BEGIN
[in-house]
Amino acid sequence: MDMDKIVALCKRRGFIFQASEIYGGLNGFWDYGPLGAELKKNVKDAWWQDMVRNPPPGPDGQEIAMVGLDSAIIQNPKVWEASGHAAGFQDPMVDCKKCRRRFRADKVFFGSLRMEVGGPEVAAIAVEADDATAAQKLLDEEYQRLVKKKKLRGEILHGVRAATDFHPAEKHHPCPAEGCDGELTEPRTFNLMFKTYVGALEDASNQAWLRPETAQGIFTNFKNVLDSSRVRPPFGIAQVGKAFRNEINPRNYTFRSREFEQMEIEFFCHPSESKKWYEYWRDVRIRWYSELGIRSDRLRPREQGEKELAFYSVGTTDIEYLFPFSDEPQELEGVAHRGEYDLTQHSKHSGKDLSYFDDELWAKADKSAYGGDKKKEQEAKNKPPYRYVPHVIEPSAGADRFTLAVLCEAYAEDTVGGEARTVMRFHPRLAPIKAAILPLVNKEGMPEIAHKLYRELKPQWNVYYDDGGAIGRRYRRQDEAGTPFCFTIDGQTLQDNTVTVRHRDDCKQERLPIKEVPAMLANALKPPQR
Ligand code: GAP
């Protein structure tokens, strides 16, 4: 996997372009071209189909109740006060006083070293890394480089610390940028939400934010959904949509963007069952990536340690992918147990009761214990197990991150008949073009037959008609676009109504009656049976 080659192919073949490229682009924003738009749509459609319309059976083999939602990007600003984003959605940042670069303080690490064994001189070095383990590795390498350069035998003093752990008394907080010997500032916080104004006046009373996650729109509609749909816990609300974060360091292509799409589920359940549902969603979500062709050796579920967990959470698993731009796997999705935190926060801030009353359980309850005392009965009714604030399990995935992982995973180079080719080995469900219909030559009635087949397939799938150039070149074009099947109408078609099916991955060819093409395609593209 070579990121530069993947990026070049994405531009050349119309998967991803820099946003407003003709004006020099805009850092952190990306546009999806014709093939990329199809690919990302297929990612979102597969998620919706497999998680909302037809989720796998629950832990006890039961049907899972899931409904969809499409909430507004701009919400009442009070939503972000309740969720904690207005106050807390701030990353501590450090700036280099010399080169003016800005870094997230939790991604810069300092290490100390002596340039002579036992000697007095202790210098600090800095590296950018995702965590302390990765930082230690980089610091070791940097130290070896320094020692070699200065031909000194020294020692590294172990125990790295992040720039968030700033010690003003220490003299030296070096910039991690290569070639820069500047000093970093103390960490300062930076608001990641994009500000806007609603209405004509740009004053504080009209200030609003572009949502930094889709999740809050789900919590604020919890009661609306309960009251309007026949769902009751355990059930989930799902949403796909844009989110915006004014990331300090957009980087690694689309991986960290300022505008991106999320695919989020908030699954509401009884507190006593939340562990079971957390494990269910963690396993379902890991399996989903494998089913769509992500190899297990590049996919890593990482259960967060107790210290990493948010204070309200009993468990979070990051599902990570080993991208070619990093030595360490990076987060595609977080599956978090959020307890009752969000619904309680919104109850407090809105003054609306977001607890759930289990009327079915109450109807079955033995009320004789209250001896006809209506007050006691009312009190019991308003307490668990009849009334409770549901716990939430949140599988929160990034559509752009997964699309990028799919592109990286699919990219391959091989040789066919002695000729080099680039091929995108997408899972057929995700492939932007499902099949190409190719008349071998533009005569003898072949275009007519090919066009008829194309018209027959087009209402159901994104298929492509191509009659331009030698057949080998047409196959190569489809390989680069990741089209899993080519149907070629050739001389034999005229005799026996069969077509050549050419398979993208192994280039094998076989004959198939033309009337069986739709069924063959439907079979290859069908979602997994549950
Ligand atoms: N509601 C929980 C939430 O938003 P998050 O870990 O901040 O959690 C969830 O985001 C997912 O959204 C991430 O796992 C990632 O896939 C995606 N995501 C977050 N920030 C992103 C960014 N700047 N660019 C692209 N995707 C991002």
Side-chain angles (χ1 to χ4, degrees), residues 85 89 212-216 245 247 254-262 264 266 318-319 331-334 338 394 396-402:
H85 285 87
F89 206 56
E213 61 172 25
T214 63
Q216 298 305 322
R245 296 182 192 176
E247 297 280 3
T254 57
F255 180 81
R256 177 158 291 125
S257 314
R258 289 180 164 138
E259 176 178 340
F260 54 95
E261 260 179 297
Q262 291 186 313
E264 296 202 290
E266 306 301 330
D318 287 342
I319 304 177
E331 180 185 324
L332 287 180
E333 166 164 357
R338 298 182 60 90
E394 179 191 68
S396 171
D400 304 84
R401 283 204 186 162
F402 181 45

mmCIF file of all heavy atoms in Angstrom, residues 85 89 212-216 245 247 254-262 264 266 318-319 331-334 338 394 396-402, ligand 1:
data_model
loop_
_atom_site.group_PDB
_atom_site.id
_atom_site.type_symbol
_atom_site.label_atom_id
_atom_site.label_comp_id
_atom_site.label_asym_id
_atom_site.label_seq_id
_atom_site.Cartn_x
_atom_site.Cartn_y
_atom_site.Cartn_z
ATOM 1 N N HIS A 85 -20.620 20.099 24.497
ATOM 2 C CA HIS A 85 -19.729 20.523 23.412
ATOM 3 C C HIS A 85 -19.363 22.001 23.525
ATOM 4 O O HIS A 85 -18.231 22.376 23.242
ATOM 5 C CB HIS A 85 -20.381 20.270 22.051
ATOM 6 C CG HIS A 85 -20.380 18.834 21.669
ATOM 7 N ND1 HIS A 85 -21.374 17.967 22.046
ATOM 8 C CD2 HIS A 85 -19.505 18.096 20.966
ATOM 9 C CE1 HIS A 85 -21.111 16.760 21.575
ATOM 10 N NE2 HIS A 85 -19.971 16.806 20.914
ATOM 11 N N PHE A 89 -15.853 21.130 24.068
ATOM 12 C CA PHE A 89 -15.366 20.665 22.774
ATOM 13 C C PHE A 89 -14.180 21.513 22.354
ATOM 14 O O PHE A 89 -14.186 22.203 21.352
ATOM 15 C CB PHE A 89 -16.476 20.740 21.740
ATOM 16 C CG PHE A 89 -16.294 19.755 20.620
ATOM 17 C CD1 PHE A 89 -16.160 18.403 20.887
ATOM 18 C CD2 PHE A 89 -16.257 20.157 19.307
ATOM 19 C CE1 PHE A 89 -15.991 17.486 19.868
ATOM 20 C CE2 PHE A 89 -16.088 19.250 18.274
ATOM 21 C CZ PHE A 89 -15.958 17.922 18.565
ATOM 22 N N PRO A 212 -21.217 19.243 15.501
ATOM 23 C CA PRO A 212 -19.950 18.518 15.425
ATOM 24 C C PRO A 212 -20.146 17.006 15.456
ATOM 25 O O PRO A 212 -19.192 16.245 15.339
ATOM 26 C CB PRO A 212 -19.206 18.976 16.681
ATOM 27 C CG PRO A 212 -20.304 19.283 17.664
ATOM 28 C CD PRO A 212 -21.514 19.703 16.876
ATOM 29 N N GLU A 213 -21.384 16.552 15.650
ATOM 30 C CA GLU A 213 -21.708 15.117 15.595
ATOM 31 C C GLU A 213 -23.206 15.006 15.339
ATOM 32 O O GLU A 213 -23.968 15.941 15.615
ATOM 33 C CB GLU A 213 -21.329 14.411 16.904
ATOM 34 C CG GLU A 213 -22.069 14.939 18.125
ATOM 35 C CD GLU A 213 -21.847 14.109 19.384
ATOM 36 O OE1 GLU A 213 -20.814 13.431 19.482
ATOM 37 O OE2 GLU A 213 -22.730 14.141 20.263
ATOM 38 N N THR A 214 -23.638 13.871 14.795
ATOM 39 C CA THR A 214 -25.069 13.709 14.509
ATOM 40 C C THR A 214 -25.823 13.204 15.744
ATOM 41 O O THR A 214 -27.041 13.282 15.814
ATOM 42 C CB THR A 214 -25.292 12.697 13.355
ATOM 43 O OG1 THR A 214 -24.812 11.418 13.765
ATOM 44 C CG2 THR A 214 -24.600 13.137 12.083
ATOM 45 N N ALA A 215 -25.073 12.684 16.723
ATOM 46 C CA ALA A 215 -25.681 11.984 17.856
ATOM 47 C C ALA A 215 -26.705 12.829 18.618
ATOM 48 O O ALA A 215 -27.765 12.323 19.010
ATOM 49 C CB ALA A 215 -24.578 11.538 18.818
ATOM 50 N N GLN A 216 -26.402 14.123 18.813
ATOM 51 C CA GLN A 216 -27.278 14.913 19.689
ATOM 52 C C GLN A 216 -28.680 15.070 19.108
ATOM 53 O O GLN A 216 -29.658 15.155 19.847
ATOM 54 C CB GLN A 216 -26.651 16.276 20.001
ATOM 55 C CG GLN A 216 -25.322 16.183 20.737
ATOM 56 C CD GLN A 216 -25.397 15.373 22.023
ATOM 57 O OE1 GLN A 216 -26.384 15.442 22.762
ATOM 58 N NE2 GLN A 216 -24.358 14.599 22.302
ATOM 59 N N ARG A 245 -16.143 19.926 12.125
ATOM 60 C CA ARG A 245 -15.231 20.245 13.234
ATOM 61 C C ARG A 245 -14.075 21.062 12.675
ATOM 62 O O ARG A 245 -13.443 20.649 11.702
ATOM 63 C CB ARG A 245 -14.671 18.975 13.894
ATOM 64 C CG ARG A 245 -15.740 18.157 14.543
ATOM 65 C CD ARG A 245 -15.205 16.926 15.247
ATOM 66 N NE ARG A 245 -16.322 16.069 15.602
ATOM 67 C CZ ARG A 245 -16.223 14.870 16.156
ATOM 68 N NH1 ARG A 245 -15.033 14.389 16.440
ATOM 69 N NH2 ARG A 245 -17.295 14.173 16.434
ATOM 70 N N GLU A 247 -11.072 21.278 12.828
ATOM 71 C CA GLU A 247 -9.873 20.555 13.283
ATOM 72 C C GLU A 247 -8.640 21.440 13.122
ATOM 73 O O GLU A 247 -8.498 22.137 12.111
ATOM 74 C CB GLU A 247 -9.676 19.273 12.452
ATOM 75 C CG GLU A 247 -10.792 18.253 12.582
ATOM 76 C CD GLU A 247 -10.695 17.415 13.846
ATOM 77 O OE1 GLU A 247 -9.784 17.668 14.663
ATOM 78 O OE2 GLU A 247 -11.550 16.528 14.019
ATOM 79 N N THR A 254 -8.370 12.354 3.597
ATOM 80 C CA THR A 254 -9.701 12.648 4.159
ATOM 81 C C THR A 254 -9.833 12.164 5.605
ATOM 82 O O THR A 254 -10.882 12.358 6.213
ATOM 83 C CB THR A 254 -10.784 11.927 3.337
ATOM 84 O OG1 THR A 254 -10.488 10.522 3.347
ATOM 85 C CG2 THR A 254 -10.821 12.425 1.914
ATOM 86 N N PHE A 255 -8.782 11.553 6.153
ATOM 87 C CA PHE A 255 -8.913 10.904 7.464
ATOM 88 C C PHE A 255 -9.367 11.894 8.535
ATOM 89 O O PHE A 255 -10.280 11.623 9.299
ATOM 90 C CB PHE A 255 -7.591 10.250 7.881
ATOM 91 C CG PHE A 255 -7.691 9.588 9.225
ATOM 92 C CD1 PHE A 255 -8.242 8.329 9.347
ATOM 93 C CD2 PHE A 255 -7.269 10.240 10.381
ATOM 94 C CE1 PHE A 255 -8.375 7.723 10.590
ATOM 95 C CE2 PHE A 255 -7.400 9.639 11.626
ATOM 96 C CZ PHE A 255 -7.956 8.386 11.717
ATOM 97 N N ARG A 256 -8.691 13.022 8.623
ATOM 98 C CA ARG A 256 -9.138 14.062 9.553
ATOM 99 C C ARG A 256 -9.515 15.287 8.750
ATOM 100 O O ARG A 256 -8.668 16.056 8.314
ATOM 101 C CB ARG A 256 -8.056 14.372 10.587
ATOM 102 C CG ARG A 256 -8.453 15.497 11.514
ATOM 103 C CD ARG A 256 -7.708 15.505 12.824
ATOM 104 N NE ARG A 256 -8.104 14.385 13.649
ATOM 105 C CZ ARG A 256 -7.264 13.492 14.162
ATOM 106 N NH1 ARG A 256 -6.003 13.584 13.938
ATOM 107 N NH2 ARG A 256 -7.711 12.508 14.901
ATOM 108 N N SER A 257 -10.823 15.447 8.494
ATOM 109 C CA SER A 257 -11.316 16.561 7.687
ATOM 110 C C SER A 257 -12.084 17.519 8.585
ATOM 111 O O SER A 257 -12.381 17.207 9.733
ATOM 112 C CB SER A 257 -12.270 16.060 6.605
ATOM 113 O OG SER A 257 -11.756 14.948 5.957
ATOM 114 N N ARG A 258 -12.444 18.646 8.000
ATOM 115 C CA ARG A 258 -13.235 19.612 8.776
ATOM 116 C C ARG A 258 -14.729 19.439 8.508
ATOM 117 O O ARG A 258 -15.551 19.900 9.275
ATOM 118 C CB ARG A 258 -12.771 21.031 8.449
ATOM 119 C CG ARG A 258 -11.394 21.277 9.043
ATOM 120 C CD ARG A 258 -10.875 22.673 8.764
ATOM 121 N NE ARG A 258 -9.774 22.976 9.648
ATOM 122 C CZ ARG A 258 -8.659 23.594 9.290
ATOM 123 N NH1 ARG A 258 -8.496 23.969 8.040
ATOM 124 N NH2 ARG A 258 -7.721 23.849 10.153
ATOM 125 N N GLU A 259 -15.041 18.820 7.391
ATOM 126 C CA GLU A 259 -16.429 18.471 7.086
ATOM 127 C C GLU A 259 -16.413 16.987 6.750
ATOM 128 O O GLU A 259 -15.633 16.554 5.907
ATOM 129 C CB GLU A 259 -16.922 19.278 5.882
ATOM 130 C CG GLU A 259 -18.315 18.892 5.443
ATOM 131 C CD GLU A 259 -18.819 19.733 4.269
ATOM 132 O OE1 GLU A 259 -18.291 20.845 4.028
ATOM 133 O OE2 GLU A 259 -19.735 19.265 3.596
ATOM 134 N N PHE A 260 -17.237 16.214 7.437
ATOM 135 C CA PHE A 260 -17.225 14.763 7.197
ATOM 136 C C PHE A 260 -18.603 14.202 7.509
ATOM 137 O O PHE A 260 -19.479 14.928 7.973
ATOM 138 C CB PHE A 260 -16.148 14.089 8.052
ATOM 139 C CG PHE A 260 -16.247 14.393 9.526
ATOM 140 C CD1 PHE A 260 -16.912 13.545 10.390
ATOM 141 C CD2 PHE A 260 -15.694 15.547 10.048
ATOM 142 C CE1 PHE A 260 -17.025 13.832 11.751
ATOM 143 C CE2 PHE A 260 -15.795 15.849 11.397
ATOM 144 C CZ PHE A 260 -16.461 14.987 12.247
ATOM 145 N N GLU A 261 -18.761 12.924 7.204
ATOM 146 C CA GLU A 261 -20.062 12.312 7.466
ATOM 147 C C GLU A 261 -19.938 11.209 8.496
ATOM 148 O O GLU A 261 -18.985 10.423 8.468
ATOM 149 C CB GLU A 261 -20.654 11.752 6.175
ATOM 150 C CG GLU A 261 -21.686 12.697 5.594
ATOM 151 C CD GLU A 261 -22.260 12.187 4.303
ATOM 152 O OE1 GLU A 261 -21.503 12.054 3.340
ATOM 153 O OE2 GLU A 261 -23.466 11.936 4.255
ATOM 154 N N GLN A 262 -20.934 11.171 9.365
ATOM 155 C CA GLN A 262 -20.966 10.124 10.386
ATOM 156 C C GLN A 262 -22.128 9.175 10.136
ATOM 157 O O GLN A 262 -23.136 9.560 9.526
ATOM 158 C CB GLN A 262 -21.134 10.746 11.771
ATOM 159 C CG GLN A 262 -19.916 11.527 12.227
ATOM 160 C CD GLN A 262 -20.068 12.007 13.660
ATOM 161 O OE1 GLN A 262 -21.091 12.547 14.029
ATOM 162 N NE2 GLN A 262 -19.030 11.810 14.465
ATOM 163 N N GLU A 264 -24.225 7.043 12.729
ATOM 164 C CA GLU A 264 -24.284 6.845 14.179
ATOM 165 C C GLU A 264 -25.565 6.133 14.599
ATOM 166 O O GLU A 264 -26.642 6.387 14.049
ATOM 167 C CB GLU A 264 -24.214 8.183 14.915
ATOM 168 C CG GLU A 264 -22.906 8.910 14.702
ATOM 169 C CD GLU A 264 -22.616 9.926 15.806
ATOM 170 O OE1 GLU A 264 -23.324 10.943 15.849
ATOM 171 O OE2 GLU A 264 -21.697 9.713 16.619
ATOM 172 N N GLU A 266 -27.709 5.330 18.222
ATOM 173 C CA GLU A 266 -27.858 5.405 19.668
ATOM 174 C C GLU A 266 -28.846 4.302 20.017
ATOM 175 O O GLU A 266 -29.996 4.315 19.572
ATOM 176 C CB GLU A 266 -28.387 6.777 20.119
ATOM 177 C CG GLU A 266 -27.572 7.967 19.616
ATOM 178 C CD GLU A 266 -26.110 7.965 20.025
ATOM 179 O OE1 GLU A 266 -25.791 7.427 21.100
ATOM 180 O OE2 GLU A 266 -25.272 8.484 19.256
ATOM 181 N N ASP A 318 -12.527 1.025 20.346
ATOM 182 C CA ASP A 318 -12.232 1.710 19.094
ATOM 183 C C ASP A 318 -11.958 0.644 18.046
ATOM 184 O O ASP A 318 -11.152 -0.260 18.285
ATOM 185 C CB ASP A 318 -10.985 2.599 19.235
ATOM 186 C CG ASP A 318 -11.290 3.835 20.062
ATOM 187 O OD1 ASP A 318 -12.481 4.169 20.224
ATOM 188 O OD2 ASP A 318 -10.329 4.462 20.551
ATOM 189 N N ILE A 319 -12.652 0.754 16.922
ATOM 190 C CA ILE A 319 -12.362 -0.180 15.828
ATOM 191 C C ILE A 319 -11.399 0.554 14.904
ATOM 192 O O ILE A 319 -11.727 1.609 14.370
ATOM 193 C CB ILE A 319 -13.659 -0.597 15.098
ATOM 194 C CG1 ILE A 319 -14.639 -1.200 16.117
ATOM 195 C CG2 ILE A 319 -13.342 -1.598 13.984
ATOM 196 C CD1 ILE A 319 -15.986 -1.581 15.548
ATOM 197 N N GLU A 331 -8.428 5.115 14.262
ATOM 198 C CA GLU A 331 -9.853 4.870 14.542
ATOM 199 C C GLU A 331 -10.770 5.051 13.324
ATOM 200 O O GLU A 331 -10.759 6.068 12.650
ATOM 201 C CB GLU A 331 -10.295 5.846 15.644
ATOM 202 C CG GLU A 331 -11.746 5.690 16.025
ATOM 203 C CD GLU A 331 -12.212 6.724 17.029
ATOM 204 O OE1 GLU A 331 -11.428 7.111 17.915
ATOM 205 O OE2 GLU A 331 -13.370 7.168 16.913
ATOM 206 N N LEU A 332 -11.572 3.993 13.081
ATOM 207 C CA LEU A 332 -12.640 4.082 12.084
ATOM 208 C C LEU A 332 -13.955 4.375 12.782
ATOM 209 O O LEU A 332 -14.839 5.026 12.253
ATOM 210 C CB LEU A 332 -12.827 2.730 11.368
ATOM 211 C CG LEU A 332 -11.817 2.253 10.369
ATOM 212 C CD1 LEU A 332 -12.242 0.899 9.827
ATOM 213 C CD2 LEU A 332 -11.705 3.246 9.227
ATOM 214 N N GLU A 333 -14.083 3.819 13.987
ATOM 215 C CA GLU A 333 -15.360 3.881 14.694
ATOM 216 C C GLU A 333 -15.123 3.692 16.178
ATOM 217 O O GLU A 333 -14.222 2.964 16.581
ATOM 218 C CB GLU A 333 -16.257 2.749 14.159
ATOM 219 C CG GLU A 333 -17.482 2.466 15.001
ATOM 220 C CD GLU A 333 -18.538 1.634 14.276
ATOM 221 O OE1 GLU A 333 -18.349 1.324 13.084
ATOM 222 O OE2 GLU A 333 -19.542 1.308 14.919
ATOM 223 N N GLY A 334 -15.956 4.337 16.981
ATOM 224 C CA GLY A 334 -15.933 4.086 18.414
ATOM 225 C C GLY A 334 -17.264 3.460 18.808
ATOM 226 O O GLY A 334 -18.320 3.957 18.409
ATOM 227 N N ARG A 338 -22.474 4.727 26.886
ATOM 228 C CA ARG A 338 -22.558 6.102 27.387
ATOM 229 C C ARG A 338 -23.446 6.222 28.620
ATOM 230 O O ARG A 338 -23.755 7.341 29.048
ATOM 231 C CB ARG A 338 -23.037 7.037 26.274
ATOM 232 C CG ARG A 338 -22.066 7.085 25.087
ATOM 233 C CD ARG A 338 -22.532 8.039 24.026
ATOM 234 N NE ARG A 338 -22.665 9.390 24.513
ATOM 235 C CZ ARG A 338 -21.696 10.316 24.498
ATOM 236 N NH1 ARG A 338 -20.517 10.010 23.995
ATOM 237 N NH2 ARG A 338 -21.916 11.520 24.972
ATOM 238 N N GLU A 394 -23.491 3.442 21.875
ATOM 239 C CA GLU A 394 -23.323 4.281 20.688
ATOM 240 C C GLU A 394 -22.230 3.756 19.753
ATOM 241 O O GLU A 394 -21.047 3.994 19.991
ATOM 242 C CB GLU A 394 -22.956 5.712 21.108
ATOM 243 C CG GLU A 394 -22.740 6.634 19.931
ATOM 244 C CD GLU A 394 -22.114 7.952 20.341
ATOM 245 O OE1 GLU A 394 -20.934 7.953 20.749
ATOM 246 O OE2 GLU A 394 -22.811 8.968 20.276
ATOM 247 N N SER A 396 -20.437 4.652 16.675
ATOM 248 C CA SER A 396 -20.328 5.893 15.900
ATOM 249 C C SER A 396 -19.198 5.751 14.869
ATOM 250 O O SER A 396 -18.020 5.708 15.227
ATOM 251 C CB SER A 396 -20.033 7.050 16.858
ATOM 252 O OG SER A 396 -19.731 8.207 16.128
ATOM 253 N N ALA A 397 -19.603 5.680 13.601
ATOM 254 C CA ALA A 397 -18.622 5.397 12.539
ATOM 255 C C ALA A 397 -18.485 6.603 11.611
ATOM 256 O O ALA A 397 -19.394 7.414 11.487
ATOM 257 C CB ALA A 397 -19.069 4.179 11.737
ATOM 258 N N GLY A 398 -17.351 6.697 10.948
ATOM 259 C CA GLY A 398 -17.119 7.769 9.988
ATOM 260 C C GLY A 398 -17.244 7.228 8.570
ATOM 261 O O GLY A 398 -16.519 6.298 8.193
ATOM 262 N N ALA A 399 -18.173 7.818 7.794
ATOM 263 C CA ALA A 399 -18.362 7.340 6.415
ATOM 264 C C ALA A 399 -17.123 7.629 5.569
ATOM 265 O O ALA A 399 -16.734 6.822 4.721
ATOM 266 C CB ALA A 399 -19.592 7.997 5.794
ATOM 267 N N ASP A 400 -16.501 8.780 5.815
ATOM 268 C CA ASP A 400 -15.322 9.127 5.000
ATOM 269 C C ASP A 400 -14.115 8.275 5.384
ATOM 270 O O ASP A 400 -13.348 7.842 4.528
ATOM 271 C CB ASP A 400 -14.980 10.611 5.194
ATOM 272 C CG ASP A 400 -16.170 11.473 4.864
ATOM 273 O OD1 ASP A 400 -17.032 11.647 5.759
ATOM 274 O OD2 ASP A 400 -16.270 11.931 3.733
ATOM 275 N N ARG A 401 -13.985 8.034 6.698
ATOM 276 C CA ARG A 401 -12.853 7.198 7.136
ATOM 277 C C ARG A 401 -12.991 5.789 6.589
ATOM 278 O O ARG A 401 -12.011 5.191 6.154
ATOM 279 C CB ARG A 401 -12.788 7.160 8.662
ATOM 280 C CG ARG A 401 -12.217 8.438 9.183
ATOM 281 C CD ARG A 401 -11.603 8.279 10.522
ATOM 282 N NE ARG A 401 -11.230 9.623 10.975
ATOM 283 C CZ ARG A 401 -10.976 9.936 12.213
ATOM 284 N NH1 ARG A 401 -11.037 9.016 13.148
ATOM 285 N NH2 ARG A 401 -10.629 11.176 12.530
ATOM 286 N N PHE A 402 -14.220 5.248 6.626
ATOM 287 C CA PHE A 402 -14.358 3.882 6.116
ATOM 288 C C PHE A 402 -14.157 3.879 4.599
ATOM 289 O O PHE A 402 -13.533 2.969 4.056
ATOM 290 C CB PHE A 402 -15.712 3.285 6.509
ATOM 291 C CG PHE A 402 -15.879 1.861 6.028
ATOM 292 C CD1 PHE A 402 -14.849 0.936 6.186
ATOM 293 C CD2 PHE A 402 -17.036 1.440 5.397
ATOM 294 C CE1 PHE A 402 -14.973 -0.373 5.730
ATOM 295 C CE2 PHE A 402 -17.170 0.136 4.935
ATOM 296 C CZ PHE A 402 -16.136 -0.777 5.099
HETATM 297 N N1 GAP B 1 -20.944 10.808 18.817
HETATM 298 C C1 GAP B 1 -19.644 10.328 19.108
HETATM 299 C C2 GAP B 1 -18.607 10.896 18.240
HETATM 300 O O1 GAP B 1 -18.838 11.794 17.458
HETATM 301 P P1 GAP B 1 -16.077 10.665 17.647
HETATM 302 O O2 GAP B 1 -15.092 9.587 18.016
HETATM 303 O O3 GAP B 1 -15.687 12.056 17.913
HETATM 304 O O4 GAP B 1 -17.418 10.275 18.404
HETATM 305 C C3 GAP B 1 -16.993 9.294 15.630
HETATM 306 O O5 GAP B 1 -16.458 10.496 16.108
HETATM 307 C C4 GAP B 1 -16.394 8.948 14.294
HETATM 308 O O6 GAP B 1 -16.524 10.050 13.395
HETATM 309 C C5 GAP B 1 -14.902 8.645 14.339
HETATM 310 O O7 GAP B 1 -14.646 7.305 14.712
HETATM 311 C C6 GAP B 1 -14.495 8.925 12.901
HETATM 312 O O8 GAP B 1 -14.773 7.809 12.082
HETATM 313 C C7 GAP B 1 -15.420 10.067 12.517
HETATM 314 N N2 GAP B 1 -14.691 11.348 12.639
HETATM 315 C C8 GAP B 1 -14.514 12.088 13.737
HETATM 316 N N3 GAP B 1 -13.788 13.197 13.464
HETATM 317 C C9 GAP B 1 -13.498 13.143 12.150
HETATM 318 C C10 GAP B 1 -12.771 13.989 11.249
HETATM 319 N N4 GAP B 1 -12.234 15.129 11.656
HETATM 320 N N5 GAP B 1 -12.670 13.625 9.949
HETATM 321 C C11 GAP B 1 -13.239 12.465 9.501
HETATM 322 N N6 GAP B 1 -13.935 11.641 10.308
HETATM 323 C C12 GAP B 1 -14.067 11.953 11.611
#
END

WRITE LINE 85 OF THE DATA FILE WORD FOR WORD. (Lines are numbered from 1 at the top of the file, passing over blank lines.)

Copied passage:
ATOM 37 O OE2 GLU A 213 -22.730 14.141 20.263